New Movie Trailer: Mockingjay Part I

https://i0.wp.com/www.celebitchy.com/wp-content/uploads/2014/09/mockingjay0.jpgThe final installment of The Hunger Games trilogy is coming soon. Or, at least the first half of it. And the first trailer has arrived. As you can see from this just-under two minute promo, the revolution that began at the end of Catching Fire is now in full swing. The games are now over, in both the literal and figurative sense, with Katniss and the President openly sparring for the future of Panem.

However, it is also clear that the capitol has Peeta (Josh Hutcherson) in their clutches and is using him to stop the revolution before it spreads. And true to form, Katniss wants to go and rescue him. Man, that guy is truly annoying! He’s like the male version of Bella, another superfluous character who is always in need of rescuing. And worse, the love triangle is becoming disturbingly like that Team Edward/Team Jacob crapfest!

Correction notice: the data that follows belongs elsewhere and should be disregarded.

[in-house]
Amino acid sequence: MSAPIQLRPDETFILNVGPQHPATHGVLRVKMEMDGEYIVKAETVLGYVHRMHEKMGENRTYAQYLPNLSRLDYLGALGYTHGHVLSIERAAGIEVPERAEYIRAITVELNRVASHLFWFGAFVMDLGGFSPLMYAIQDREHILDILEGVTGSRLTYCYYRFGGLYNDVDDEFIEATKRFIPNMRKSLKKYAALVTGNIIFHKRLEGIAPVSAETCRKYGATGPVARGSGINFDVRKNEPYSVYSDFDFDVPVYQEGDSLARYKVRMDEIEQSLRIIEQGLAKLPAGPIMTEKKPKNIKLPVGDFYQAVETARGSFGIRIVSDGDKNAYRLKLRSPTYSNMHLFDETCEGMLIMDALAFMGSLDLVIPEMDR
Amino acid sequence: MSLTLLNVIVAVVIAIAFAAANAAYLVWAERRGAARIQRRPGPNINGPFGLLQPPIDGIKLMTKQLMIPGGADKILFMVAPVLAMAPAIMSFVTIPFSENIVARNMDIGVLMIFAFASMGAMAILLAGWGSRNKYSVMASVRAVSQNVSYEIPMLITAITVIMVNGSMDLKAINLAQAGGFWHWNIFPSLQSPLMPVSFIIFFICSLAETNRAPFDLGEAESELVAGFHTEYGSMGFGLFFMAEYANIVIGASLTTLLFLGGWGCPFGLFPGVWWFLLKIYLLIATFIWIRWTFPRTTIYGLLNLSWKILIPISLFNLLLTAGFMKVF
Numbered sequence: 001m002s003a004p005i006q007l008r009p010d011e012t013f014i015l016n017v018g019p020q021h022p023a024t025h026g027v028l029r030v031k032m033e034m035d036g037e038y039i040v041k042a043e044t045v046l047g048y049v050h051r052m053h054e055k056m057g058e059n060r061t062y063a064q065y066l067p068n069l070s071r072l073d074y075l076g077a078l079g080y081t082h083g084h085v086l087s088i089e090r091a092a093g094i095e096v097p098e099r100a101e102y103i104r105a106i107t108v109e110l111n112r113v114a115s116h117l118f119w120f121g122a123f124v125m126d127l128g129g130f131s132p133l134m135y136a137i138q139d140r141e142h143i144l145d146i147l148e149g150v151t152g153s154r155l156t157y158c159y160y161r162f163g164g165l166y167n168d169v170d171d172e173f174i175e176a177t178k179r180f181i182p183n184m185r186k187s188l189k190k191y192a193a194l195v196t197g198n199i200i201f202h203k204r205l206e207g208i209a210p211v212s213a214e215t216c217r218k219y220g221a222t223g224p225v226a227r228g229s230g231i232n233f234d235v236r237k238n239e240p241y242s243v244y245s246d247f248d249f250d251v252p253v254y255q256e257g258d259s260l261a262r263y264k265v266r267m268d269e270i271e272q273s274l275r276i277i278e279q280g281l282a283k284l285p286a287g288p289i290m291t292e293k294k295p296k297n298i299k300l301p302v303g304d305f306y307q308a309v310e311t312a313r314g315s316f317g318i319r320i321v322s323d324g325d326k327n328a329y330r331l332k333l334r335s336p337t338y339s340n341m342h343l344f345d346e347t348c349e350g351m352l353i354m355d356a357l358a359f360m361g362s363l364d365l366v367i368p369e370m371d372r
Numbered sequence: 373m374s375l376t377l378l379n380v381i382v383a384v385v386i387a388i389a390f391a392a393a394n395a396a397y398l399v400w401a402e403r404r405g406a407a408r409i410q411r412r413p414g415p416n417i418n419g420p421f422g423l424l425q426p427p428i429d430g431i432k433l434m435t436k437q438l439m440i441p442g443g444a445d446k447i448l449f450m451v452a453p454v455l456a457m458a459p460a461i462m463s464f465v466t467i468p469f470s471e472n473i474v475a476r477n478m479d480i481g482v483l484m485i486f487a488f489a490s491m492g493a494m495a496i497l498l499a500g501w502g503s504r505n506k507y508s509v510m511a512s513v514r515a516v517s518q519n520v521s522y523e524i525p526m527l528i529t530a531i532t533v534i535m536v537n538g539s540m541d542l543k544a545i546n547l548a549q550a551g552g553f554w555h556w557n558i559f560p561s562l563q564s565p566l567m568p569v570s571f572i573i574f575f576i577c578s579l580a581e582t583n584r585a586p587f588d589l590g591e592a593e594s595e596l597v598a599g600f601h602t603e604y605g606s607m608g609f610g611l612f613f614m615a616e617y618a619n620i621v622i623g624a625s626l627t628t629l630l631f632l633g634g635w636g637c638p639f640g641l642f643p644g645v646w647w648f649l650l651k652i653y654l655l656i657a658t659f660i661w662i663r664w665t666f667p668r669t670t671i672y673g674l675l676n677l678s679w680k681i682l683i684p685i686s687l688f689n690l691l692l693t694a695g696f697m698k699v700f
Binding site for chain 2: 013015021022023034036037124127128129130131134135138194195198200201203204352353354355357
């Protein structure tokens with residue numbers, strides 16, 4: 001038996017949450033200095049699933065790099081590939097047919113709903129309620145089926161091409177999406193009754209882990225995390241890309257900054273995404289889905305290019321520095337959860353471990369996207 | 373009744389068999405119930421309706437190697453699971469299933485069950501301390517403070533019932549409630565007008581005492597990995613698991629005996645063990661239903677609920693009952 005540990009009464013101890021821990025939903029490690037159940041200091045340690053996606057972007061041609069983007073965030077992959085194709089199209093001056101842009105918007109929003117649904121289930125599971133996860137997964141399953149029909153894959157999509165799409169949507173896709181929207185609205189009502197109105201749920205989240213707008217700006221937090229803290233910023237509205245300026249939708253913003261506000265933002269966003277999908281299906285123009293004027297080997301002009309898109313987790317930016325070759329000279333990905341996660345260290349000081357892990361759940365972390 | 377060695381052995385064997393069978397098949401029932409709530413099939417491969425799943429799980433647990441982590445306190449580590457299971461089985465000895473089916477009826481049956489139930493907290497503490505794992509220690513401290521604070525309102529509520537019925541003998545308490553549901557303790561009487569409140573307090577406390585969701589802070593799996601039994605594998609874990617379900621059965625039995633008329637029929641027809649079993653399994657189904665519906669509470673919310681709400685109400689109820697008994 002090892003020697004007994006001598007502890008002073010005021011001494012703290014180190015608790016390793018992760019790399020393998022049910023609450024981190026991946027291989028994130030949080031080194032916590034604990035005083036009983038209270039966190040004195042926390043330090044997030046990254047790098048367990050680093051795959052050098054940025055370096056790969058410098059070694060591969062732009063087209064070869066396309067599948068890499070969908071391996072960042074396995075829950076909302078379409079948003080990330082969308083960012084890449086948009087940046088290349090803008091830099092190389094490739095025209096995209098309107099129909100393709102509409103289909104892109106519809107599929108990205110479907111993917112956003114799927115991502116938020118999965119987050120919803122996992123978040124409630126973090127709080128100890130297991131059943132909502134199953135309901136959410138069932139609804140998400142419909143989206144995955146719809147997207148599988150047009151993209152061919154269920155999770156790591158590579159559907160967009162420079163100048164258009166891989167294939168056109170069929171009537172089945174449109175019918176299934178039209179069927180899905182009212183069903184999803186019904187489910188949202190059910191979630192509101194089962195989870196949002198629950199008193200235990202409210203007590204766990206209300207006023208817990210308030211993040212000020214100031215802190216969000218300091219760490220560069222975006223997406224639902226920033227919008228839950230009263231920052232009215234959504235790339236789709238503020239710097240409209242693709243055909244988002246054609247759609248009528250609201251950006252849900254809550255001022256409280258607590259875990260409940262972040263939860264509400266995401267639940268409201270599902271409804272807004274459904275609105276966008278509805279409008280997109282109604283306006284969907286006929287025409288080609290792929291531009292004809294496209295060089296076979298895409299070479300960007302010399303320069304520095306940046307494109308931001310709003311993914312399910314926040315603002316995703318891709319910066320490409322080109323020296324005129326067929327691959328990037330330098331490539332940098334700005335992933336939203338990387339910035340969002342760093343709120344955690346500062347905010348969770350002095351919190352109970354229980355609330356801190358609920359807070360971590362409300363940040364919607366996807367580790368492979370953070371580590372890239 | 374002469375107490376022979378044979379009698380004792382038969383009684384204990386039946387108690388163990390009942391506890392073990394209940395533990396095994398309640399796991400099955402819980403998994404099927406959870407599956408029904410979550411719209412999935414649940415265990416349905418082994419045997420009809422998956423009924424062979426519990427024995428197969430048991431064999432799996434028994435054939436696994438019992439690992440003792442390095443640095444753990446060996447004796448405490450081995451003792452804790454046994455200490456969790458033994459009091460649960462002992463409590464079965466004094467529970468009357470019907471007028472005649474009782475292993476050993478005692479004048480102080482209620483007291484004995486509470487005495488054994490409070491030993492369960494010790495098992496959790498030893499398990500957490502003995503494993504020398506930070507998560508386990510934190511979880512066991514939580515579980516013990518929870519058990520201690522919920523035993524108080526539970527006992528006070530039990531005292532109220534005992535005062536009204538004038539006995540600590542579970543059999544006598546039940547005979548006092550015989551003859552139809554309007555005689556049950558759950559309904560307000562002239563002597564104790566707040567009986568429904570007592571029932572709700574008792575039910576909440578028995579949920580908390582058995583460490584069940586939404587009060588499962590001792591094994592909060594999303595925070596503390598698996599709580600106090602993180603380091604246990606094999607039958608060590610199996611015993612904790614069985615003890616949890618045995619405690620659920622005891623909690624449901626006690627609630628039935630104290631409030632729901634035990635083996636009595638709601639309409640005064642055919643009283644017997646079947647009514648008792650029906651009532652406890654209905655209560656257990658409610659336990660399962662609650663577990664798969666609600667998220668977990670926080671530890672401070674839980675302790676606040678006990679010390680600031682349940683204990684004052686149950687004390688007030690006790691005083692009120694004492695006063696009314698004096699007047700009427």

mockingjay-set-photos-16In any case, Julianne Moore is new to this film, playing the role of Alma Coin (leader of the resistance). Liam Hemsworth reprises his role as Gale, Woody Harrelson is back as Haymitch; and of course, Donald Sutherland is back in the austere and hauntingly-voiced role of President Snow. Part I airs this Nov. 21st, and Part 2 won’t be released until sometime in 2015.

Seriously, what’s with these money-grubbing Hollywood producers and YA franchises? First Harry Potter, then Twilight, and now this!

The Akira Project

Akira_explosionKatsuhiro Otomo’s Akira is hailed by manga and comics fans alike as being one of the best graphic novels of all time. Similarly, the film adaptation, which was also written and directed by Otomo, is considered a premier example of anime and the cyberpunk genre – one that has remained a cult classic to this day. In spite of that, no one has been able to create a live-action version in the almost three decades since it was released.